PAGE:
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Bangor (that's North Wales Bangor, not Maine or Ireland) has a fairly small hard core community of homeless people, not counting the ever-changing faces of those who pass through the city from time to time. The locals know each of them well- they are as much a part of the scenery as the hills, or the cathedral. There's Gav the tin whistle man who hangs around outside Thresher's, the off licence, and plays a singular melody on a cheap tin whistle as long as he is out; the schizophrenic/suicidal guy with a broken nose and a constant look of pure terror; cool young busker guy with his dog; the Upper Bangor Big Issue sellers; and One Chord Guitar Man.

His name is Kevin and he stands outside of a shoe shop that is no longer in business, playing a guitar in a way that at first sounds awful- only after listening over a prolonged period of time can his audience find a sort of melody in the strumming. His height, build and beard, the sort I can only aspire to grow, belie the mumbling that accompanies his guitar. He is quite a shy person and avoids eye contact. However, he will sometimes write a confrontational song on the spot about the people who pass him by without dropping change into his guitar case, drawing on obvious physical flaws or differences to make fun of. Nobody ever notices, it is very difficult to figure out the words he is singing most of the time.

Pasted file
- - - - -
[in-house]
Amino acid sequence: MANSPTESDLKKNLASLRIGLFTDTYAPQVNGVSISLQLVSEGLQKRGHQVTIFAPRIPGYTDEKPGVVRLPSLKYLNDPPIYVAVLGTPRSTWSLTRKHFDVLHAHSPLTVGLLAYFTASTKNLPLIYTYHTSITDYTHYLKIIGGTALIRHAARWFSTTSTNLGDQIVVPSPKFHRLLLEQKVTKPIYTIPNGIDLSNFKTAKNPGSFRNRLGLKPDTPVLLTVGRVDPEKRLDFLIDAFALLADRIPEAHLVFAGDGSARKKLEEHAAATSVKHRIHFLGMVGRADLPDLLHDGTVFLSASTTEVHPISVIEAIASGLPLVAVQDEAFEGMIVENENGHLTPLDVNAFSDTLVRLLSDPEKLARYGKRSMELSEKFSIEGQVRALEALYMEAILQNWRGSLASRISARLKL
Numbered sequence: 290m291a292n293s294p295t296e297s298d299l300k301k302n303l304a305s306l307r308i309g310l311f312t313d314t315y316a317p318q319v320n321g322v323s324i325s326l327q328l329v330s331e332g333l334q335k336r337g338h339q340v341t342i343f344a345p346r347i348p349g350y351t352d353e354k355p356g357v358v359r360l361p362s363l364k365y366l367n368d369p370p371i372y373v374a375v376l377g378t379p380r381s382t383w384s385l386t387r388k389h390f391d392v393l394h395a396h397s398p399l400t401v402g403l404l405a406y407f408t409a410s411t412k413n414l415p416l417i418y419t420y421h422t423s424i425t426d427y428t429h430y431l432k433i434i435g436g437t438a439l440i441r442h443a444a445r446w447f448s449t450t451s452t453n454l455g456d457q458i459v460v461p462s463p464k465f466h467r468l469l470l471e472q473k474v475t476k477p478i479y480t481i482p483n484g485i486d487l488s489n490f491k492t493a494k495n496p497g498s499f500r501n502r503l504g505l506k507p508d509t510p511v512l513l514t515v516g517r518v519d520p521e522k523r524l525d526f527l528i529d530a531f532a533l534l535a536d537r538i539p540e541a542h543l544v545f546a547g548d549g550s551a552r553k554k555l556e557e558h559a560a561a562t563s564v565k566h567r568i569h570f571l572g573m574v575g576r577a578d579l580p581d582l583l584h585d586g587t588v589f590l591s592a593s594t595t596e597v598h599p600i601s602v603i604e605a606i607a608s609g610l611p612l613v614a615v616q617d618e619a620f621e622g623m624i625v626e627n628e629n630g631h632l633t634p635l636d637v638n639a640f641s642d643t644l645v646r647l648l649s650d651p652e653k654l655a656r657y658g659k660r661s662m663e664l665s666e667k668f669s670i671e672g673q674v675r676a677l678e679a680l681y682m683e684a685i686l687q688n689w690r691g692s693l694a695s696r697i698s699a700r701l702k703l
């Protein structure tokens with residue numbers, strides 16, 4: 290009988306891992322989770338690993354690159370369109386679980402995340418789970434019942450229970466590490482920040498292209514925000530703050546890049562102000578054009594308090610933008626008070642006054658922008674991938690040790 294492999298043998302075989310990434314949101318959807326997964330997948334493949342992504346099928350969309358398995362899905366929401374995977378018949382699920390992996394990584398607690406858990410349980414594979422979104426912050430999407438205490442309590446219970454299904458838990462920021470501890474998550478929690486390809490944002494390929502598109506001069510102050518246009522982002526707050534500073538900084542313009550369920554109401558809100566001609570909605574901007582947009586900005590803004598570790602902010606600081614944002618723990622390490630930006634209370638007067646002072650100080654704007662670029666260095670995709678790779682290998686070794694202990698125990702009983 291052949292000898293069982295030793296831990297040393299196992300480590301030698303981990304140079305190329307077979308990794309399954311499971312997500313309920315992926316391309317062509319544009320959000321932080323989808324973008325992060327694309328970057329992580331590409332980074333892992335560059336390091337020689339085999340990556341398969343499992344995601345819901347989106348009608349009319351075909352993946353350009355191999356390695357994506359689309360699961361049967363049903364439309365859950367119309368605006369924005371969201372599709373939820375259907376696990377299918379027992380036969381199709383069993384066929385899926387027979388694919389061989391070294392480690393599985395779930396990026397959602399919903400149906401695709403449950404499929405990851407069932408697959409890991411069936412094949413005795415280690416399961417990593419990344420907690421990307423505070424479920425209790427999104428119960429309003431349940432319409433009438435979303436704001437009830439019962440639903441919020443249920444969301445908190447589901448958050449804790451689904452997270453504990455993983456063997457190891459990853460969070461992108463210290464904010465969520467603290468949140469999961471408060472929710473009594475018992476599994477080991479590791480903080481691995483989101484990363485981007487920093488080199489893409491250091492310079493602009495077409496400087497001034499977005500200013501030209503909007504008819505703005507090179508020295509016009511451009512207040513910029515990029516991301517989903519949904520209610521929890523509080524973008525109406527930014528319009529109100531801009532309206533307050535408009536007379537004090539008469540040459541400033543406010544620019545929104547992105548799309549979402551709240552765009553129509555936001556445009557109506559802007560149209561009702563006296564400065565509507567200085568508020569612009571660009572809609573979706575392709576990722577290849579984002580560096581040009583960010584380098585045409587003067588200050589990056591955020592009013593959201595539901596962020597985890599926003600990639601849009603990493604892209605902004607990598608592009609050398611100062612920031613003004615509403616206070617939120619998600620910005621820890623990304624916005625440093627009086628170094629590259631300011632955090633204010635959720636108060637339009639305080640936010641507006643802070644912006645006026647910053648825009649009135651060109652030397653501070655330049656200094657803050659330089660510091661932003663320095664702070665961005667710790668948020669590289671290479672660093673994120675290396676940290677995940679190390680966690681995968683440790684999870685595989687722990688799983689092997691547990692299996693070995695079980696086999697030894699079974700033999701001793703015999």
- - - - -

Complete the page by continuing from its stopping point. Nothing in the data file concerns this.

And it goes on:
Kevin lives in a tent in the woods on Bangor mountain. He has arranged a wall of slate around his tent and fire, over which hangs his little cooking pot from a spit. This is where he sleeps and where he comes to be alone. He has joked about stealing lambs from the field next to his tent, and about catching chlamydia from them. I am never sure which of the things he says are true and which are jokes. I like to give him the benefit of the doubt and assume he has a brilliant sense of humour, but I can never really tell.

Some things I learned about Kevin over the time I have known him: he did not always live in Bangor and he was not always broke. He is homeless out of choice. He was once a drama teacher in one of the secondary schools in Wolverhampton. He hasn't told me his reason for leaving Wolverhampton and moving to Bangor- maybe he was bored and felt like a change, maybe he just wanted to be alone.

On alternating Wednesdays Kevin collects his benefit cheque and spends the day getting drunk on cheap wine, walking around the city, greeting anybody who looks sufficiently foreign with a Nazi salute and barking racial slurs at random intervals. It is people like Kevin that bring all the colour into the world.

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